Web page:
Moliere, despite living a rather soap opera life, was not anti-religious, even if the religious establishment got their panties in a wad over Tartuffe. It is clear that he isn’t condemning religion, but the twin evils of hypocrisy and gullibility. It is easy to see so many religious charlatans in this play, from Gothard on down, of course. But also, in our own time, it is easy to see Tartuffe as Trump, performing his piety and fooling gullible white Evangelicals, who are all too willing to sell their souls. 

The performance in this case was interesting. Put on by Moliere in the Park in Brooklyn, it was a “virtual” stage, so to speak. There was a basic background of the interior of the house, and the faces of the actors appeared as they entered and exited. It was done as a “green screen,” which made for some weird glitches, just like a Zoom meeting. At the very end, we get to see the actors in their homes, where the performance was recorded. Ah, the age of Covid-19 and the compromises artists have to make. I salute their creativity, and will refrain from further comment on the glitches.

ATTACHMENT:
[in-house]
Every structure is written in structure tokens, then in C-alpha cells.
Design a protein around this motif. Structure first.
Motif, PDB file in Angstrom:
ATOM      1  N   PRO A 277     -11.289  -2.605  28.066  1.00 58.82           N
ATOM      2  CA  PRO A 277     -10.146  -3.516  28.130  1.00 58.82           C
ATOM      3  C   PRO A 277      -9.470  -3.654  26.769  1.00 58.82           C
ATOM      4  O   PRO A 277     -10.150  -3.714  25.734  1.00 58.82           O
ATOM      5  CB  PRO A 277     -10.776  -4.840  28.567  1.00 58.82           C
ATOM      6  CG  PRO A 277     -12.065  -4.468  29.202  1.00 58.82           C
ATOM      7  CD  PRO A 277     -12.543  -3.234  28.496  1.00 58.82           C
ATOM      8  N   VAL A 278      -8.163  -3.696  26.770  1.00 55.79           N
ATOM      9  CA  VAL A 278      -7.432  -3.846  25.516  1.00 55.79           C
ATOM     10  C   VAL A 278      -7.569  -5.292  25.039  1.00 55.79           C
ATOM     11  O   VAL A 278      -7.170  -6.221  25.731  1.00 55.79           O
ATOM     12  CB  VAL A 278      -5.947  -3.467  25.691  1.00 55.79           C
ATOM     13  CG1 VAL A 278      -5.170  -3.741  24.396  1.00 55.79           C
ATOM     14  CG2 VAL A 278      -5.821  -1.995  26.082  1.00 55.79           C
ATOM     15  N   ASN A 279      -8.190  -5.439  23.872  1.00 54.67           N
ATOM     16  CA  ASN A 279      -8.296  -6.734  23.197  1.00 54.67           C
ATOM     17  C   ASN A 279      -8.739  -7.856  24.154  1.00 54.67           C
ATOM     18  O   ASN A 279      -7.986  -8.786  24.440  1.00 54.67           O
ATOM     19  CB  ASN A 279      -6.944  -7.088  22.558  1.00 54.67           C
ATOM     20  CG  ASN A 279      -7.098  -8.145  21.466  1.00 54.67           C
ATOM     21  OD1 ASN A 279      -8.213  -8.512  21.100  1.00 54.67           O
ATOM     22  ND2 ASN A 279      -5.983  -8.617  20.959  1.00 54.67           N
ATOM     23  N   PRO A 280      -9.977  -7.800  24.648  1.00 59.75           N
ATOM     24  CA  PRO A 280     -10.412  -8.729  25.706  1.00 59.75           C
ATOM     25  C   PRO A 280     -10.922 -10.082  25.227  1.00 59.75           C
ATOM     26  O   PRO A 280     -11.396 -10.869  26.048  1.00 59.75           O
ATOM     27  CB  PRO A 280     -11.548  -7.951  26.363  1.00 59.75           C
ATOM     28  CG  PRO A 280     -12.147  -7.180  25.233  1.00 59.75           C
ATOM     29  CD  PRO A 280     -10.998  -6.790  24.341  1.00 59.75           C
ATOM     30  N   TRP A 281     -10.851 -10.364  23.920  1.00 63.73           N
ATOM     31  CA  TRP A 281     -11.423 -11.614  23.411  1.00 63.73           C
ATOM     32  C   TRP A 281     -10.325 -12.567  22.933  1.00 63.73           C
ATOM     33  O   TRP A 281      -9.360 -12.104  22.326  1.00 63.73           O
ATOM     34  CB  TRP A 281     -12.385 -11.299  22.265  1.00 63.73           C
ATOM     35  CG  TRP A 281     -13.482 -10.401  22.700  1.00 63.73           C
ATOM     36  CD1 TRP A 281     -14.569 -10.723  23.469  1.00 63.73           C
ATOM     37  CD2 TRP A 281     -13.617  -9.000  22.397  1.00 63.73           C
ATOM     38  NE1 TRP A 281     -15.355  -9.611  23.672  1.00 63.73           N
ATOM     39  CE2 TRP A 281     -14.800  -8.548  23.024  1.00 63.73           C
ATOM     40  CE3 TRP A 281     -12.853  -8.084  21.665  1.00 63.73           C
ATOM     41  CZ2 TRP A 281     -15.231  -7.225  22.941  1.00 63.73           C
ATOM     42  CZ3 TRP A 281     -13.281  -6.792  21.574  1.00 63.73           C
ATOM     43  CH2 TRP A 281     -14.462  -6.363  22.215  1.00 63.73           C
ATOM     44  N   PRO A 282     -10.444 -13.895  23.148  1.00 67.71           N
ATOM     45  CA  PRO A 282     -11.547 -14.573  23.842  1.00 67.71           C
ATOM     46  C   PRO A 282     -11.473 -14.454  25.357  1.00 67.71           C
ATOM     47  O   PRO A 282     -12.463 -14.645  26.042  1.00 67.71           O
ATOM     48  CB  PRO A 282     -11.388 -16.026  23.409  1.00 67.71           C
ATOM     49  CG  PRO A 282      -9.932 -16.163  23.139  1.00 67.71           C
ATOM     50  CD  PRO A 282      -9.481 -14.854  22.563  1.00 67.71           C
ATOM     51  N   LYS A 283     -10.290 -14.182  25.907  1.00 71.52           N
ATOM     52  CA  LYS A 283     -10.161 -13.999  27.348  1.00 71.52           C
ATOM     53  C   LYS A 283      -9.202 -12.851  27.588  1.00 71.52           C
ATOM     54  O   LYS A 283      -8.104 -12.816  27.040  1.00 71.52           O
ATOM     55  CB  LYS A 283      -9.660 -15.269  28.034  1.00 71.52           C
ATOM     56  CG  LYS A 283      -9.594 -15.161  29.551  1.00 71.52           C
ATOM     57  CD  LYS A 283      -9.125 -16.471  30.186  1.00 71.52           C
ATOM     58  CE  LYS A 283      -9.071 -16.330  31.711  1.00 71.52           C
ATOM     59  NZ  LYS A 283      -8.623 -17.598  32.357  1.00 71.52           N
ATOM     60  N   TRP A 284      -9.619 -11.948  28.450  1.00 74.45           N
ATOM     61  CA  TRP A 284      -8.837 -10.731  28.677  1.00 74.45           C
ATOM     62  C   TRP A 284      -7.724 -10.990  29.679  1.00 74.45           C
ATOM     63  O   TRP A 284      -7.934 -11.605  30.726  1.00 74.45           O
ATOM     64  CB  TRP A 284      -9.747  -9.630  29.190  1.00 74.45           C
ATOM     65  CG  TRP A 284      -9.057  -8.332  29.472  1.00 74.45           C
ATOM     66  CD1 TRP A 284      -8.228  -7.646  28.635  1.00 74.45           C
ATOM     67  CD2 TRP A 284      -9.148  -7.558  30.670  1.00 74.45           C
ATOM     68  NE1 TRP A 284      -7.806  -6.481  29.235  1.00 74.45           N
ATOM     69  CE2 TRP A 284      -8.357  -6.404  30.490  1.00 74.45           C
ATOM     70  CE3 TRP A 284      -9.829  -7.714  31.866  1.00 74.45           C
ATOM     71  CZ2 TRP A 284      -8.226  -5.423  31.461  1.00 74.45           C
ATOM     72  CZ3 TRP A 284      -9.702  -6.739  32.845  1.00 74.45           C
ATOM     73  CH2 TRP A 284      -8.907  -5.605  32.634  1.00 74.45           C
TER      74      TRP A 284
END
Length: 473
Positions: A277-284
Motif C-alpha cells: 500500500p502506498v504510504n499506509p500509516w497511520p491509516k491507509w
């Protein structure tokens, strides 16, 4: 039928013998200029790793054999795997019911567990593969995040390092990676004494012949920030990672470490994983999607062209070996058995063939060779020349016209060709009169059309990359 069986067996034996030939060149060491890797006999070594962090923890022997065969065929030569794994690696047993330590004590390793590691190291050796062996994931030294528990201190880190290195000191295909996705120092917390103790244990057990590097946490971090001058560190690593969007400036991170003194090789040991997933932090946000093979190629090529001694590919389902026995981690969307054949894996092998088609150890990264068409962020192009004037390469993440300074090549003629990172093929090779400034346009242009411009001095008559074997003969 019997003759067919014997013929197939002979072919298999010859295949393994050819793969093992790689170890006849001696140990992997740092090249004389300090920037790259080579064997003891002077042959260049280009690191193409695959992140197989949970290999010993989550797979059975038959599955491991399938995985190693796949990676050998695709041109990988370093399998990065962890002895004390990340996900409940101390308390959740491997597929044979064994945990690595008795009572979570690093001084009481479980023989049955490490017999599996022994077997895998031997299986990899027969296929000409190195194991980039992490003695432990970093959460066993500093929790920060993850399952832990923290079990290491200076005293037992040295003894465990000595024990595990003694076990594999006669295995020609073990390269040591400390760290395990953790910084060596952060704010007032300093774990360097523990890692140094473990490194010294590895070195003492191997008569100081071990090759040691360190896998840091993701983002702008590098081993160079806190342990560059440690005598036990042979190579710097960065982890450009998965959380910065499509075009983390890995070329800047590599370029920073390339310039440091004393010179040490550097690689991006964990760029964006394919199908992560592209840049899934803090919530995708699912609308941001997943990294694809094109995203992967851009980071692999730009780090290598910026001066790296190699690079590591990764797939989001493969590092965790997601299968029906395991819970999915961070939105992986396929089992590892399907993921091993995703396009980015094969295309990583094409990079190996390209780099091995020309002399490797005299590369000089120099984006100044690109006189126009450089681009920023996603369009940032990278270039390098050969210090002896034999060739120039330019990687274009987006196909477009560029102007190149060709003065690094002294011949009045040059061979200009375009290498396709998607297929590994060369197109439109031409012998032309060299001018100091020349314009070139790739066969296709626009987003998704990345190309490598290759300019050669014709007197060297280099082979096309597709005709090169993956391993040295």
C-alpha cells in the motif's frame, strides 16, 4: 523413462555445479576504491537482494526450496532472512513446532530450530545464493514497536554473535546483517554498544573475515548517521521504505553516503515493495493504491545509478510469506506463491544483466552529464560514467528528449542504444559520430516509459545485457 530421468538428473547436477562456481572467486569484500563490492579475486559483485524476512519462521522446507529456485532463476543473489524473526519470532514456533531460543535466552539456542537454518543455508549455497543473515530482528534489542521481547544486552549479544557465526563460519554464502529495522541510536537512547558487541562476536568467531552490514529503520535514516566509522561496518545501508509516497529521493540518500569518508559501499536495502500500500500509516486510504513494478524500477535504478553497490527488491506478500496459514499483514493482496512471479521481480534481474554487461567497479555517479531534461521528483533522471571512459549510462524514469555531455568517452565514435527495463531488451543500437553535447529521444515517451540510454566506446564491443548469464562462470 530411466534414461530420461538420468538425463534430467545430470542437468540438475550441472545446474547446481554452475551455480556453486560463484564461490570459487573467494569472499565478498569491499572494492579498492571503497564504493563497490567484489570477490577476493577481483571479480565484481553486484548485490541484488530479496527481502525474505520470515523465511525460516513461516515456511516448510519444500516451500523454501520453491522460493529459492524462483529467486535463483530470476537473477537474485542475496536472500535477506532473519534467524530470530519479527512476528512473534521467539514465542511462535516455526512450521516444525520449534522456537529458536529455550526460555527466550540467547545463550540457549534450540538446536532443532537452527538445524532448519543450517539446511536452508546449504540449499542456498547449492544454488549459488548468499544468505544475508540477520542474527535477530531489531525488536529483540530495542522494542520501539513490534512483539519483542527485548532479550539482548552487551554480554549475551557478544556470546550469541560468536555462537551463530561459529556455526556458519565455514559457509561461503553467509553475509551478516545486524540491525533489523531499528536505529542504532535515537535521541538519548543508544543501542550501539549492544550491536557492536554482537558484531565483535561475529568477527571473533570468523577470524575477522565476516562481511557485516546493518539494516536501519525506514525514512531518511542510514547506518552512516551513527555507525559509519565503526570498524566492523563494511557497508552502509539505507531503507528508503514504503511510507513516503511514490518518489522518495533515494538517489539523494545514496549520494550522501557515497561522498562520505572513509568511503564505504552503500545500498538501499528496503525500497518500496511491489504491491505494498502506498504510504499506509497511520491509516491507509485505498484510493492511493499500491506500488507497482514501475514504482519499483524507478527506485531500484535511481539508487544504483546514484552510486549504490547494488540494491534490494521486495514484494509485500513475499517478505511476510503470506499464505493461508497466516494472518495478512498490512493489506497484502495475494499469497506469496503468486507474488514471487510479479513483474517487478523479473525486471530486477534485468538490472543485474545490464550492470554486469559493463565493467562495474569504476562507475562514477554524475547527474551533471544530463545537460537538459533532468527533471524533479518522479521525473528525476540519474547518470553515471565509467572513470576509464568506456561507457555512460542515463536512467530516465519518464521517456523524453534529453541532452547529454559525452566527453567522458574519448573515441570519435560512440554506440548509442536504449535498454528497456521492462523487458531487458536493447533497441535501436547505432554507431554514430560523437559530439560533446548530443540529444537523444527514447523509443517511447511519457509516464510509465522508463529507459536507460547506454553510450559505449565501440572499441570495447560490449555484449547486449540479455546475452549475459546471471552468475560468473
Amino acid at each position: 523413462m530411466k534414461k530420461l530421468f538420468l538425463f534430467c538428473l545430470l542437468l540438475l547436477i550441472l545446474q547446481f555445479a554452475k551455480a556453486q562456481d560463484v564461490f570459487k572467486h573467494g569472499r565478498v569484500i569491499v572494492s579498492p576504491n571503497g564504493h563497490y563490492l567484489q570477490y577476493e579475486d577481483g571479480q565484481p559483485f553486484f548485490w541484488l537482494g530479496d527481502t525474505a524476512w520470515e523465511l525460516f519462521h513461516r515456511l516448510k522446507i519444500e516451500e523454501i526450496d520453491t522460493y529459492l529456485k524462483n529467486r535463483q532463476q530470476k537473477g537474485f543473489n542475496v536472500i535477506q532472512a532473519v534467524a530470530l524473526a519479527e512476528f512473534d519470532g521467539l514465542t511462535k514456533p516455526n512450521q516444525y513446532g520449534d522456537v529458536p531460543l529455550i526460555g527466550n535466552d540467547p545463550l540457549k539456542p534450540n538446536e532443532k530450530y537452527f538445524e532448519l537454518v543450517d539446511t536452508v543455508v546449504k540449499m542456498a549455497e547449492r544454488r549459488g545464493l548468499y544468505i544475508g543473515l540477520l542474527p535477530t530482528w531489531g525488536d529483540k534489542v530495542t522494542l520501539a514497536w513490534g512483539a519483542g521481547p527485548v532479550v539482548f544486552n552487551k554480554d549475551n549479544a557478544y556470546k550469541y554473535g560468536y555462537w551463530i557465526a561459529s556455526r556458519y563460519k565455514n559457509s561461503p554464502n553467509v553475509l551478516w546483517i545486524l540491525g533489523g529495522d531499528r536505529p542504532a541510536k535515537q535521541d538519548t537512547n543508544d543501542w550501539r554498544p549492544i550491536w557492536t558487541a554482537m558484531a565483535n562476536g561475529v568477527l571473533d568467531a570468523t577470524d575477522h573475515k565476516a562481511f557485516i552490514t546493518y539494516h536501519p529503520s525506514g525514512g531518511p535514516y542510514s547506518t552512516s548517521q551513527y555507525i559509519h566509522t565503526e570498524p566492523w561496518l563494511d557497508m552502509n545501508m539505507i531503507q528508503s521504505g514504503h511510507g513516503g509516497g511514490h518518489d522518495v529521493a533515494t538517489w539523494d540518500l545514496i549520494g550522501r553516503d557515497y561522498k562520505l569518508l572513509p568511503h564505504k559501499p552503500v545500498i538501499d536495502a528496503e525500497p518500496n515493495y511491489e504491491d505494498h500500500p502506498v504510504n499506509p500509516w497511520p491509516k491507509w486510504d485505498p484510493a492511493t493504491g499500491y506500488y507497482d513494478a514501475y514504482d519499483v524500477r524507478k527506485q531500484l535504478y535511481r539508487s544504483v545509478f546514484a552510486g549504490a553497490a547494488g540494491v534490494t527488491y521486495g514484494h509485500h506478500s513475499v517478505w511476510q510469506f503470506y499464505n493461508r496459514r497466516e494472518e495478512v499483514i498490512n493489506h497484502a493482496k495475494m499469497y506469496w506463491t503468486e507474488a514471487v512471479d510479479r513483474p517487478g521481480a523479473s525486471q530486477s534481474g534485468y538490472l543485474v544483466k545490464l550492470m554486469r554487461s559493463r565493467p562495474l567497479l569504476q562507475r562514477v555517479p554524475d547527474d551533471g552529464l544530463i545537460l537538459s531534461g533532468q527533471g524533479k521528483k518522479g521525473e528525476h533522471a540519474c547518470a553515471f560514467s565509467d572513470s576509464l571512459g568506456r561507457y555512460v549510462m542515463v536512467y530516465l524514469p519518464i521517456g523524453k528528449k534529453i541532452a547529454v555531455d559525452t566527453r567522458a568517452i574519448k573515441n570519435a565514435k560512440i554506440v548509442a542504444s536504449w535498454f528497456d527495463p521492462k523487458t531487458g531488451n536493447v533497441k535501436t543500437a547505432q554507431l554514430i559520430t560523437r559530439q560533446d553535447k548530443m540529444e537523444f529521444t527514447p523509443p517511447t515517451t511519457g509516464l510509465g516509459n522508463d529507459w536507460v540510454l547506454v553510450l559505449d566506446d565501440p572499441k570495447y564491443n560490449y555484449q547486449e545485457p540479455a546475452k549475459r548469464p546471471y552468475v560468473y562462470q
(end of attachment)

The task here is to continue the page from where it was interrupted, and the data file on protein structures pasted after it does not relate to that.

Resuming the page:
Orgon hiding under the table while Tartuffe attempts to seduce Elmire

The acting, in any event, was superb. These are true professionals in the best sense, and they brought the chemistry despite distance. The cast was African American with four exceptions: Tartuffe, Dorine, Madame Pernelle, and the bailiff. Orgon was played by Samira Wiley, in a trousers role. She was so convincing as a chauvinist male that I didn’t realize it until I looked at the cast afterward. She was perfect as a counterpart to the smarmy Tartuffe, played by Raul Esparza (with a beard that made him look like Ray Stevens). Also props to Naomi Lorrain as Damis - an older sister rather than brother in this production, which felt natural as well. Kaliswa Brewster was innocent and vulnerable as Mariane, Toccarra Cash brought gravitas and confidence as Elmire, and Jenny Mudge was brassy and snarky as Dorine. Actually, everyone was excellent, and I appreciated the fine acting, particularly under challenging circumstances.

The text was the Richard Wilbur translation, which preserves the rhymed couplets, yet sounds modern and understandable. There were French subtitles for those who can read French. 

I am seriously sad that I missed their version of Le Misanthrope earlier in the year. I love that play, and it appears to have had Samira Wiley in a “Make America Gay Again” hat, which...well...that sounds interesting. I’ll be following them and watching the next show, if possible.